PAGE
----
My most unforgettable patient


preemieIt has been more than 50 years since Lucie Ann, a baby born prematurely at home, became my patient in a rural Texas hospital near Houston.
Lucie Ann’s twin died two days after birth, and the funeral home was called to come for her. Seeing Lucie Ann in critical condition, the driver asked the parents to take her to the hospital. When they replied that they had no money, he said that he would take the baby at no cost, and that the hospital would treat the baby without charge.

Lucie Ann was too critical to weigh upon admission. Two days later, her temperature elevated the mercury to 96 degrees F, and I took her out of her incubator to get her weight which was two pounds, two ounces.

Following the outbreak of diarrhea in the pediatric unit, we moved Lucie Ann to any “clean” area available. We once placed her in the men’s surgical ward. The men were great baby sitters, and would call to say that the baby was in a corner of her incubator and was crying.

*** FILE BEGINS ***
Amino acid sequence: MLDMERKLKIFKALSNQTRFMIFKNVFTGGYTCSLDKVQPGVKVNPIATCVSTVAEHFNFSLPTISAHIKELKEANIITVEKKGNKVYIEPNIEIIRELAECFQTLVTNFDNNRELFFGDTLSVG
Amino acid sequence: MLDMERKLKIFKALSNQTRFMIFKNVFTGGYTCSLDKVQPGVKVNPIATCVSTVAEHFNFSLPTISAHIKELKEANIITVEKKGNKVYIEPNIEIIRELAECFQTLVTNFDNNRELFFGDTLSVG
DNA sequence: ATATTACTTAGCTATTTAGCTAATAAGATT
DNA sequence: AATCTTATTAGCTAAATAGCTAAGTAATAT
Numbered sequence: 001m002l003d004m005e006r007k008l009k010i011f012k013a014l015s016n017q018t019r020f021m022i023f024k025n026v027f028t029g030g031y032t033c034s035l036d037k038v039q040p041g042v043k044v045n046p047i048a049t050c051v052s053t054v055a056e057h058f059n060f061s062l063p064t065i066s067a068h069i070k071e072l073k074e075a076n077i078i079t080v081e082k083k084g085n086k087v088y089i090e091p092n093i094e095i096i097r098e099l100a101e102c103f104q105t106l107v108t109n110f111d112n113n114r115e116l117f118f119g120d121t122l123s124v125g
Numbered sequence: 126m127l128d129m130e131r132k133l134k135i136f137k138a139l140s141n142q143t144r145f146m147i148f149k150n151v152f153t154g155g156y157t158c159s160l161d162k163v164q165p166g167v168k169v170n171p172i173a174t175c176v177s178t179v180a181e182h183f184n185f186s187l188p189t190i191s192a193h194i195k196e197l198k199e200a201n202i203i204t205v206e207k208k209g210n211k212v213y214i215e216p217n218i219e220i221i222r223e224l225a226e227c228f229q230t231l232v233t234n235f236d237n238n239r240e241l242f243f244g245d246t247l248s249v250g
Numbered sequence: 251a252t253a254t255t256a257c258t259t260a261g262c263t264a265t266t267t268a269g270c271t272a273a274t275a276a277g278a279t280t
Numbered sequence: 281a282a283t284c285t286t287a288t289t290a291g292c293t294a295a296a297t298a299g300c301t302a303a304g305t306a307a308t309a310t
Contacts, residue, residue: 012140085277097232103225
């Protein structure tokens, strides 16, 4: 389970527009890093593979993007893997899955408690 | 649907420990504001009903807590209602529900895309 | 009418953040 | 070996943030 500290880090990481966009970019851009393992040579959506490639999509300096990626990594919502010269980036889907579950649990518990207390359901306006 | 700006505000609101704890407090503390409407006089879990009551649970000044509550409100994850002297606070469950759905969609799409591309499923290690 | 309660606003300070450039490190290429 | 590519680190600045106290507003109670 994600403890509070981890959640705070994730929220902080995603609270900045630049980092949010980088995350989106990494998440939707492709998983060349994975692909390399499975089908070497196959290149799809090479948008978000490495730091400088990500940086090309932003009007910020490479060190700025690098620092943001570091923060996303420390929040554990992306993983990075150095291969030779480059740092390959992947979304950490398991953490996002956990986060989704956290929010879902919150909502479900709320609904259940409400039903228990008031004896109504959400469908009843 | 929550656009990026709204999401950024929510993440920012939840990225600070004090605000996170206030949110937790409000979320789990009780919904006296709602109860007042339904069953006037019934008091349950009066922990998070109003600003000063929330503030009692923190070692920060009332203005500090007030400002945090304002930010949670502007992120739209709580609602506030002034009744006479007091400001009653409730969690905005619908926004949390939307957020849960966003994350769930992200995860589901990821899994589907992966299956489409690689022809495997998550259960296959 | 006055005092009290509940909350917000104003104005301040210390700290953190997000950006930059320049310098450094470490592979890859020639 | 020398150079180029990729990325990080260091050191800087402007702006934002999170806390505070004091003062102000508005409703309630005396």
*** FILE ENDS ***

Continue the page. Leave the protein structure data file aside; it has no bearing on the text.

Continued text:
A patient with multiple orthopedic problems asked me to tell his wife that a baby had been in his ward. The wife said that he was “seeing things” due to his pain medication. I assured his wife that a baby had really been in his ward, and opened the door of the pediatric unit to show Lucie Ann to her. The wife was overcome with emotion when she saw our little baby.

Our little patient often had two daily baths as the night nurses didn’t think that the day nurses were bathing her. When nurses began referring to Lucie Ann as “the ugly baby,” I put her name in big letters on her incubator. After Lucie Ann weighed 4 pounds, the nurses would put on protective gowns and take her out of her incubator to hold and rock her.

At 5 pounds, 6 ounces, we reluctantly said goodbye to our baby who had developed into a little beauty. The doctor lost contact with Lucie Ann and her family. I have often thought of Lucie Ann over the years, and wondered if she had visual problems from the oxygen that we gave her, and if she had a nice childhood and a good life.

If anyone recognizes this description and has information on Lucie Ann, please contact me care of Scrubs Magazine at he***@sc*******.com.

Note: Name similar, but changed for confidentiality.

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